10 interesting and fun facts about Ireland

The Republic of Ireland is an island next to Great Britain, Dublin is the capital. Ireland has much to offer; rich history, outstanding nature, culture and friendly inhabitants. There are many interesting facts that tie in with this, here are some of them. 

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1. Irelands nickname is the Emerald Isle 

The nickname derives from its green valleys, rolling hills and magnificent landscapes. The green flora and fauna are the result of Ireland's rainy and humid climate. The country has a temperate climate with warm and wet summers and cold and wet winters.

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Ring of Kerry - view from Valentia Island. Photo: Tourism Ireland

2. There are around 30,000 castles in Ireland

So, if castles are your thing, you have come to the right place!  The many castles and ruins of castles in Ireland each have their own medieval story and charm. Blarney Castle, Bunratty Castle and Cahir Castle are some of the castles well worth visiting.

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Bunratty Castle. Photo: Tourism Ireland

3. Irelands' Wild Atlantic Way is the longest coastal driving route in the world

The Wild Atlantic Way in Ireland is the longest coastal driving route in the world with a length of 2.500 kilometres. You can start the drive in the north, at Inishowen Peninsula in Donegal, or in the south, at Kinsale in Cork. The route passes nine counties and highlights such as the Cliffs of Moher, Ring of Kerry, Connemara National Park and Achill Island.

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Connemara hills. Photo: Tourism Ireland

4. One of the oldest lighthouses in the world is located in Wexford

The Hook Lighthouse is located at the tip of Hook Head in the city of Wexford, in the south of Ireland. It dates back to 1172 and is still in use (since 1996 automatically). As one of Ireland's favorite attractions, it is definitely worth a visit. From the balcony, you will have a spectacular view of the wild ocean.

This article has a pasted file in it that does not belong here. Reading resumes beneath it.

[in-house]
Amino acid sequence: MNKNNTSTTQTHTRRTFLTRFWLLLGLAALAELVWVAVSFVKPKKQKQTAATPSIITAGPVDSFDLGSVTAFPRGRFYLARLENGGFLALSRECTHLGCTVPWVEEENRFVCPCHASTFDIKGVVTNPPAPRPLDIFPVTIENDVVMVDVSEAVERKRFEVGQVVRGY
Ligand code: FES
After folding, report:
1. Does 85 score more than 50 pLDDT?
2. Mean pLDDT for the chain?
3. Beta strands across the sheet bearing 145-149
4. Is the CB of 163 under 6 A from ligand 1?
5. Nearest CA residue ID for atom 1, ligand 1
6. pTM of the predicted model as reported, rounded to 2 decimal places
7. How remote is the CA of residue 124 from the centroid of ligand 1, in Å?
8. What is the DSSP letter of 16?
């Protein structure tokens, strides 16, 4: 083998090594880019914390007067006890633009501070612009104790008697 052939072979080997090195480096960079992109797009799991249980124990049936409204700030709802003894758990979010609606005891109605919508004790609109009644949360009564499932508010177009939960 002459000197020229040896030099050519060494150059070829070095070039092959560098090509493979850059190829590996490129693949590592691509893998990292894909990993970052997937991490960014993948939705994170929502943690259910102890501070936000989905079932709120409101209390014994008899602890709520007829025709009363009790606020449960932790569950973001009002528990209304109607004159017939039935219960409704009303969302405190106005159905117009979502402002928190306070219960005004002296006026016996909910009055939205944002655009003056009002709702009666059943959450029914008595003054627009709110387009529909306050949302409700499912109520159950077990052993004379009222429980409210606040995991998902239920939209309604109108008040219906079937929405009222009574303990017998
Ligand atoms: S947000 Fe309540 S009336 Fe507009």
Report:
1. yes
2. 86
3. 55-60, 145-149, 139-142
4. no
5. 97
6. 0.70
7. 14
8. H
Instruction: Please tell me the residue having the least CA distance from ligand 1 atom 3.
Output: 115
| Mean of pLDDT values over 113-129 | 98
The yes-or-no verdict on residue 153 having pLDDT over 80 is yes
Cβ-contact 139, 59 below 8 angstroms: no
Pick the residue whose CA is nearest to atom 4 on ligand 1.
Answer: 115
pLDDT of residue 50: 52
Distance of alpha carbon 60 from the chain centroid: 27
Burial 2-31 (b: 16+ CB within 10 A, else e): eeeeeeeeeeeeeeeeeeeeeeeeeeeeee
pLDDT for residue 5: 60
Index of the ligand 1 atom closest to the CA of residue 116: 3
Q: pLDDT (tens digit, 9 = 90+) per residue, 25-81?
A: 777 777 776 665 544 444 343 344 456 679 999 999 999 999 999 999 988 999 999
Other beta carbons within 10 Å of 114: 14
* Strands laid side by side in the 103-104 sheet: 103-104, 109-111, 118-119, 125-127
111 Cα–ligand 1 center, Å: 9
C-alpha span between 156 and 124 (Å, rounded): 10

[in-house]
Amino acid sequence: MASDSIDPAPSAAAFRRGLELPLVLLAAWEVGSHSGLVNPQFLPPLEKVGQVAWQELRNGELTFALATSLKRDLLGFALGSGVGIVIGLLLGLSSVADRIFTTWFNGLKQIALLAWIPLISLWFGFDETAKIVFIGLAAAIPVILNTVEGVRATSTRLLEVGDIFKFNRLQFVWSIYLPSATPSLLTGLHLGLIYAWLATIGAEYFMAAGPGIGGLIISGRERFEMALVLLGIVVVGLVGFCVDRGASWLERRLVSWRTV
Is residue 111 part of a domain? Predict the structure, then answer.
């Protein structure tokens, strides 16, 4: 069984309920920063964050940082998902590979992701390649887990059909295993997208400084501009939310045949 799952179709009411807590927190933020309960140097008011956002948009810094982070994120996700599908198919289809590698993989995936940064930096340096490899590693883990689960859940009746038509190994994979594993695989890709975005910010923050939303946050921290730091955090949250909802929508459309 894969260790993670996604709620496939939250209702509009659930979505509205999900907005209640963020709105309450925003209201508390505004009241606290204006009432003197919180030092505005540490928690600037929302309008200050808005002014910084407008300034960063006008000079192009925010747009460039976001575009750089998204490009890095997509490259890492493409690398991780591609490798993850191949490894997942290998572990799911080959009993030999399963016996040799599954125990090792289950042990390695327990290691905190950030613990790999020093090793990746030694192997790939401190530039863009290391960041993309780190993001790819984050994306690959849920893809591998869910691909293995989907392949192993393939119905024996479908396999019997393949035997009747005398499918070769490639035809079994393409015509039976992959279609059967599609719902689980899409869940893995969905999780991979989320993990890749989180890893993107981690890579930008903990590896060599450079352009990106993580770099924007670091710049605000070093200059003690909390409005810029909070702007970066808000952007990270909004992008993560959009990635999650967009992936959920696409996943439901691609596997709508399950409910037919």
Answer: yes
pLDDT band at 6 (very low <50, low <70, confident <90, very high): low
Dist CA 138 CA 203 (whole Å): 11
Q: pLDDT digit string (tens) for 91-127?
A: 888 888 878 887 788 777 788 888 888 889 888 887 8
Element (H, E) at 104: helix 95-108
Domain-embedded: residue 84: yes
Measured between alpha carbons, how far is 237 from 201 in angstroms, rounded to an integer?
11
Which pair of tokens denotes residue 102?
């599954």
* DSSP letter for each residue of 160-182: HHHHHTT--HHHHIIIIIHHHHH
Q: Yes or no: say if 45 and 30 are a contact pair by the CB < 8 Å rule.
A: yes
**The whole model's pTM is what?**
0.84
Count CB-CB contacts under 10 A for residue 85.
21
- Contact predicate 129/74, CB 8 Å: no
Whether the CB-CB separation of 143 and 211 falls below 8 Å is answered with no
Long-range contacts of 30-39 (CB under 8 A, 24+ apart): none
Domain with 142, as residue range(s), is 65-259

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Hook Head Lighthouse. Photo: Braden Collum

5. Halloween originated in Ireland

Halloween, previously known as All Hallows Eve, is originally from Ireland. Over 2,000 years ago Ireland celebrated their new year on the 1st of November. They believed that the night before, the worlds of the living and the death became blurred and therefore celebrated the Celtic festival Samhain during the night of October 31st. They built huge campfires to make sacrifices to the Celtic gods and wore costumes to protect themselves against evil spirits.

Nowadays, Halloween is known for trick-or-treating, carving jack-o-lanterns and dressing up.

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Halloween. Photo: Kenny Eliason

6. The shamrock is not the national symbol

Although many people think of a shamrock when they think of Ireland's national symbol, the symbol is actually the Gaelic harp. This makes the country the only one with a musical instrument as its emblem and was prior to the tricolour flag featured in the Irish flag.

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A Lucky four-leaf clover. Photo: Dustin Humes

7. St. Patrick was not Irish

One of the faces of Ireland, also known as the ‘Apostle of Ireland’, was actually not Irish. This Christian missionary was Romano-British and was sold into slavery by Irish raiders at a young age. One day, he escaped and returned to convert the Celtic polytheists in Ireland. His exact story is a bit mysterious, but we can conclude one thing: he was definitely not Irish.

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St. Patrick statue above a cathedral in Belfast. Photo: K. Mitch Hodge

8. The oldest pub in Ireland is found in Athlone, County Westmeath

If you want to drink in Ireland's oldest pub, you must travel to Athlone in County Westmeath. Sean's bar is the oldest bar in Ireland and maybe even in the world, dating back to AD 900. The founder established this bar to act as a guide for travellers venturing across the rapid torrent of the Shannon.

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Sean's bar. Photo: Tourism Ireland

9. Ireland is famous for its Guinness beer

Guinness beer has its origin in Ireland and is still produced at the St. James’s Gate Brewery in Dublin. This brewery can be visited to learn all about the process of how Guinness is produced. A perfect pint of Guinness is poured with the glass held at 45º angle and should rest 119,5 seconds before you drink it.  

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Guinness Gate. Photo: Louis Hansel, Unsplash

10. The earliest evidence of humans in Ireland was more than 30,000 years BC

A reindeer bone that was found in Cork, in the south of Ireland, shows that humans inhabited Ireland 33,000 years ago. The hind leg reindeer femur was found in the Castlepook Cave near Doneraile in the northern part of Cork. The bone has chop marks consistent with butchering with a flint or stone tool. The Radiocarbon dating of the femur showed it to be around 33,000 years old.

By Authentic Europe Team / / Sep 01 2022

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